to school at TGW.com
TravelGolf.com Staff Report
The back-to-school days of yellow buses, playground laughter and, yes,
learning are near.
Parents everywhere are getting their children ready for the transition
from bathing suits and bare feet to school supplies and appropriate
wardrobes. But the end of summer break and the start of endless classroom
fodder shouldn't be all doom and gloom.
The Golf Warehouse (TGW.com), the world's largest golf e-tailer, is
out to help make learning, studying and socializing more enjoyable for
kids, while still promoting their striving for Harvard scholarships.
"Education is paramount, but there's nothing wrong with putting a
little golf spice in their lives," says Mark Marney, CEO of TGW.com.
that said, may we recommend an assortment of golf garb and giggles for
elementary-to-high school children as found at TGW.com.
There's nothing wrong with wearing your Footjoys
-- and SoftSpikes -- to mathematics class. Or choose from NIKE's saddle
(for the studious, sensitive and GQ types) and sport athletic (jocks
get the girls) collections. Besides, Converse doesn't make Chuck Taylor
canvas high tops for Bermuda grass.
Unless you go to parochial school, Titleist
2003 golf caps are allowed to be worn under most school rules and regs.
from Bolle's sport metal sunglasses collection. It'll have the girls
after your boys, keep the teachers from noticing their dozing off, and
(bonus!) the mirror coating offers 100-percent UVA/UVB Protection from
the sun shining through classroom windows. English students studying
21st-century casual clichés and owning adolescent thoughts say they've
got it "made in the shade."
Try the La Jolla junior clubs (perhaps the snoopy model for pre-K'ers)
or Taylor Made's outstanding 320K kids club sets. U.S. Kids junior carry
stand bags mitigate risk of premature hernia, and Cleveland's
famous wedges make long stays in sandboxes a thing of the past.
Watch out, though, a putter from RAM may give your kids the confidence
of Tom Watson lining up for a key putt. The gloves gotta be U.S. Kids
Junior Good-Grip golf gloves or Nike Junior Stretch golf gloves for
growing hands. Wilson's
smart-core golf balls have a studious ring to them. Golf wiffle balls
are available for practice when kids don't have the time to go to the
course, or for small backyards; they hook and slice just like real golf
OK, throw in a CartCaddy junior pull cart for good measure (books can
be schlepped this way). You got your pick of headcovers because who cares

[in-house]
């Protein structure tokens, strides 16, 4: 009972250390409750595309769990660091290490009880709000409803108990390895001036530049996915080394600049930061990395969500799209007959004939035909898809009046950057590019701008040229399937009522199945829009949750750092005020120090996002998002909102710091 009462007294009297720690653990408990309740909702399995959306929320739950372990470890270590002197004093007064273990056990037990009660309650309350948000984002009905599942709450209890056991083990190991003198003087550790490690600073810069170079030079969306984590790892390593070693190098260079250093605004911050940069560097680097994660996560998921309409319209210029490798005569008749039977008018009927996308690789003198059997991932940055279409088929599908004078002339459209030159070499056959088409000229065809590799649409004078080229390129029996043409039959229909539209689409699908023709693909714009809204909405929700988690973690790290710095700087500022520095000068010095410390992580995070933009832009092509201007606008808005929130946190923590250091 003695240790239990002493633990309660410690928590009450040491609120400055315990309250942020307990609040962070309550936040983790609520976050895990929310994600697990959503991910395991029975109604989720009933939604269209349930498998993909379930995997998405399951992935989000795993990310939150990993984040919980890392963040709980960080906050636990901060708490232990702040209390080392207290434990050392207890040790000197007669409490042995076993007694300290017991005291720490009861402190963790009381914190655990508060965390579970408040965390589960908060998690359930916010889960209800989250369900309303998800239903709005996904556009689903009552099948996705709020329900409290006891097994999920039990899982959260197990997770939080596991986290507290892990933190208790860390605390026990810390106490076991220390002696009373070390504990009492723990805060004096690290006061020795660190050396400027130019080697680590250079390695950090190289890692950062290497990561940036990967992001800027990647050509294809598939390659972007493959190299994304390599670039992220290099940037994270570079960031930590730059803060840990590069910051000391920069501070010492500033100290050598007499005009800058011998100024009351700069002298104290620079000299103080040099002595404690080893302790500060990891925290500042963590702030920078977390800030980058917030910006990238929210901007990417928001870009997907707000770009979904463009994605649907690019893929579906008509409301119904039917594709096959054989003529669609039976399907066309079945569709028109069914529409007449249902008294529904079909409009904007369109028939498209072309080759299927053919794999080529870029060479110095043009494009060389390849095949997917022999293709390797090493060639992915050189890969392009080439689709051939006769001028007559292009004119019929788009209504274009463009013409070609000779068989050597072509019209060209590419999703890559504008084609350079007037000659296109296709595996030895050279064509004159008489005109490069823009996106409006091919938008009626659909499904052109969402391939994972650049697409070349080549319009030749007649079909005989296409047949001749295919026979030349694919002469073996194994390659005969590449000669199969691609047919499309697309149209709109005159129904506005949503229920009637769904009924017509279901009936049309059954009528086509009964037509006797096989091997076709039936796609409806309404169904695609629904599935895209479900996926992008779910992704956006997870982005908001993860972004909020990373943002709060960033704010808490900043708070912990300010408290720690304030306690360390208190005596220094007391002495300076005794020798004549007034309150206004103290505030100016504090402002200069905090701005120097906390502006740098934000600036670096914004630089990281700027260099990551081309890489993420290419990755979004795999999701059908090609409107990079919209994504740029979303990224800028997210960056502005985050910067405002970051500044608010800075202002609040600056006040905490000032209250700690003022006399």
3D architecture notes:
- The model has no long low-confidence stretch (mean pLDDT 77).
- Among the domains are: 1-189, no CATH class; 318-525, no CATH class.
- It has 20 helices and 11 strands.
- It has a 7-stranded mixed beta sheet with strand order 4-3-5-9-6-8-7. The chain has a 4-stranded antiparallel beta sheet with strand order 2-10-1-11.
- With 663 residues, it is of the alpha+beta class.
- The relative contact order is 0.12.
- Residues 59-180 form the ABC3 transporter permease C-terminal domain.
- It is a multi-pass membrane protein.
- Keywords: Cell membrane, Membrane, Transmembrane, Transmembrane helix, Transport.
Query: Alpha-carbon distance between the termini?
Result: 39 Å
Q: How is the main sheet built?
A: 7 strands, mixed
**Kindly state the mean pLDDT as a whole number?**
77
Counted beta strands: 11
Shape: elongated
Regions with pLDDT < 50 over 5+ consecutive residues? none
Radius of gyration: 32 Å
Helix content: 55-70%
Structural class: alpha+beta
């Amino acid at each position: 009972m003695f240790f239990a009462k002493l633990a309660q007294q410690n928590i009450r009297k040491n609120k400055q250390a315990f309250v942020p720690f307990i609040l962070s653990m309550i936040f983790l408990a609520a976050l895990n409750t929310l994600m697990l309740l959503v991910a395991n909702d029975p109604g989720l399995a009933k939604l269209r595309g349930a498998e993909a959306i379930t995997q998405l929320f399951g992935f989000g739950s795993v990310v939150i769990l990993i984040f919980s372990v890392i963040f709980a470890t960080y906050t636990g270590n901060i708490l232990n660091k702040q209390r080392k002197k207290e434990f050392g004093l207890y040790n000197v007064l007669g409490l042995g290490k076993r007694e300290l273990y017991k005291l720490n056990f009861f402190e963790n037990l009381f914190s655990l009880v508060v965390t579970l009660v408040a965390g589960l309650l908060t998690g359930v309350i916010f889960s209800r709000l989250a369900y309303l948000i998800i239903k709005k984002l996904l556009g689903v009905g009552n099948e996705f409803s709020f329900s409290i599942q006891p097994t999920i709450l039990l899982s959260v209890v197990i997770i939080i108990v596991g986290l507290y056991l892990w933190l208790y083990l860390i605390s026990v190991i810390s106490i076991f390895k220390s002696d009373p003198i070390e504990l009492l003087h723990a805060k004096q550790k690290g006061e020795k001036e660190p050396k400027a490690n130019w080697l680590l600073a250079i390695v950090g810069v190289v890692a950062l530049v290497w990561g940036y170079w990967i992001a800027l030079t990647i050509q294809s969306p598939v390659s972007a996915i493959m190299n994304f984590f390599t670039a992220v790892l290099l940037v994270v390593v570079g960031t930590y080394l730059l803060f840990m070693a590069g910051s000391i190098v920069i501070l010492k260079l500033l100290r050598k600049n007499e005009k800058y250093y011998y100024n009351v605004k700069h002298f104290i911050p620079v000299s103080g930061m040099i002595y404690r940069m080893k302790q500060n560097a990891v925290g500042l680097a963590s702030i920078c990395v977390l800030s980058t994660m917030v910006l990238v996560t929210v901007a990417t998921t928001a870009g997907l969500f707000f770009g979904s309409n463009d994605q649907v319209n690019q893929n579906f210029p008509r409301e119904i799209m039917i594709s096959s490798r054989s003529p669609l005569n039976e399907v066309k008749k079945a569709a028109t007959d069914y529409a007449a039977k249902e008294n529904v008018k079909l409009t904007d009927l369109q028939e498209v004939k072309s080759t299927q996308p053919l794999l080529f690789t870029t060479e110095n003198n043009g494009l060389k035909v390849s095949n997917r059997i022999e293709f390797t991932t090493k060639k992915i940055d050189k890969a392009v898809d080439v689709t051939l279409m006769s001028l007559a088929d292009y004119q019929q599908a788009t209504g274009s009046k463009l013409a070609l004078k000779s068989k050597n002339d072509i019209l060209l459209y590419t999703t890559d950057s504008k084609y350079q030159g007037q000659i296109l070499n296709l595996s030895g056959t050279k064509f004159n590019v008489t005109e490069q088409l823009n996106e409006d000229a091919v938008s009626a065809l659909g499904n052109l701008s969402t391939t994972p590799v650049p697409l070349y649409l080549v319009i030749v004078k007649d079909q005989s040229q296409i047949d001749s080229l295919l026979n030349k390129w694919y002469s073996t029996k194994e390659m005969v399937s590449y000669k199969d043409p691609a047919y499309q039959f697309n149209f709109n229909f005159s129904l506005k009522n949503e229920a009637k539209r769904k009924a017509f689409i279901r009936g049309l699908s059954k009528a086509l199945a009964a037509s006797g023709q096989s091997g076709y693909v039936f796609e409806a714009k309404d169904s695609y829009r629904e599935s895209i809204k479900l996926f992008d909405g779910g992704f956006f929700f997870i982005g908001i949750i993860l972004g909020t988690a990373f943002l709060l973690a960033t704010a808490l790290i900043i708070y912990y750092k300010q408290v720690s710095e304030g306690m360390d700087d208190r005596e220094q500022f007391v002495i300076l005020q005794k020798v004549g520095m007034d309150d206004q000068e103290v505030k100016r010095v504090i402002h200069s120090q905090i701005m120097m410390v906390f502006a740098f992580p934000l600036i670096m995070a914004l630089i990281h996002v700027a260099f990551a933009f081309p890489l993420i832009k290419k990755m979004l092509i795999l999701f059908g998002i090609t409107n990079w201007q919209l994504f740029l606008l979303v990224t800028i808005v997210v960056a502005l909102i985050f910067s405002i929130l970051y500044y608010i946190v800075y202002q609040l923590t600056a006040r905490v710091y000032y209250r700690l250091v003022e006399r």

if they're way too large for the driver. The Bushnell yardage pro laser
rangefinders are for measuring distance to the nearby cuties at school.
Dunlop's golf handicap tracker watch informs students when the bell is
going to ring and is evidence of course improvement to impress peers with
a simple peek at the wrist.
At home, set up Ultimate's or Chipmate's instant golf net for backyard
practicing after homework is completed. It's a great substitute for cartoons
or "While You We're Out" on TV. Dr. Phil agrees that convenient practice
fosters improved discipline in life.
Anything to get kids into the studying frame of mind. InsideRight
golf note cards help your kids become the teacher's pet when you send
an "expression of thanks for her good ways" around report-card time.
History Craft's "perpetual" golf calendar reminds kids there are only
a certain number of days before holiday break. The fabric gift bag can
be filled with goodies to help win over cheerleaders. History Craft's
golf bag business card holder gives kids reason to study for Jack Welch's
corporate life. The company's golf pencil cup makes certain the excuse
of being pencil-less doesn't fly, and the golf bag coin bowl is a place
to store your allowance. Don't buy the golf dish that doubles as an
"At the Turn," by Steve Eubanks, is ideal book-report material. It
mixes history (when golf was an elitist, white, middle-age, rich-man's
game), with passion (practice makes perfect), jubilance (1999 Ryder
Cup), business (the PGA Tour's mega-million-dollar enterprise) and emotional
letdown (1997 Ryder Cup). It examines how the new boys (Tiger,
Sergio), bad boys (you know who) and good ol' boys (Palmer,
Nicklaus) changed the way the world thinks about golf. Then there's
conflict (backstage power struggles at the PGA) and death (Payne Stewart).
Teachers will be impressed that your kids read all 278 pages. Makes
for a grade in the B+ to A range.
Another good read for kids is "Harvey Penick's Little Red Book" that
espouses the wisdom that Ben Crenshaw and Tom Kite used as juniors.
A closing note from TGW.com's Marney is his salute those students who
strive to be the best they can be.
Any opinions expressed above are those of the writer and do not necessarily represent the views of the management. The information in this story was accurate at the time of publication. All contact information, directions and prices should be confirmed directly with the golf course or resort before making reservations and/or travel plans.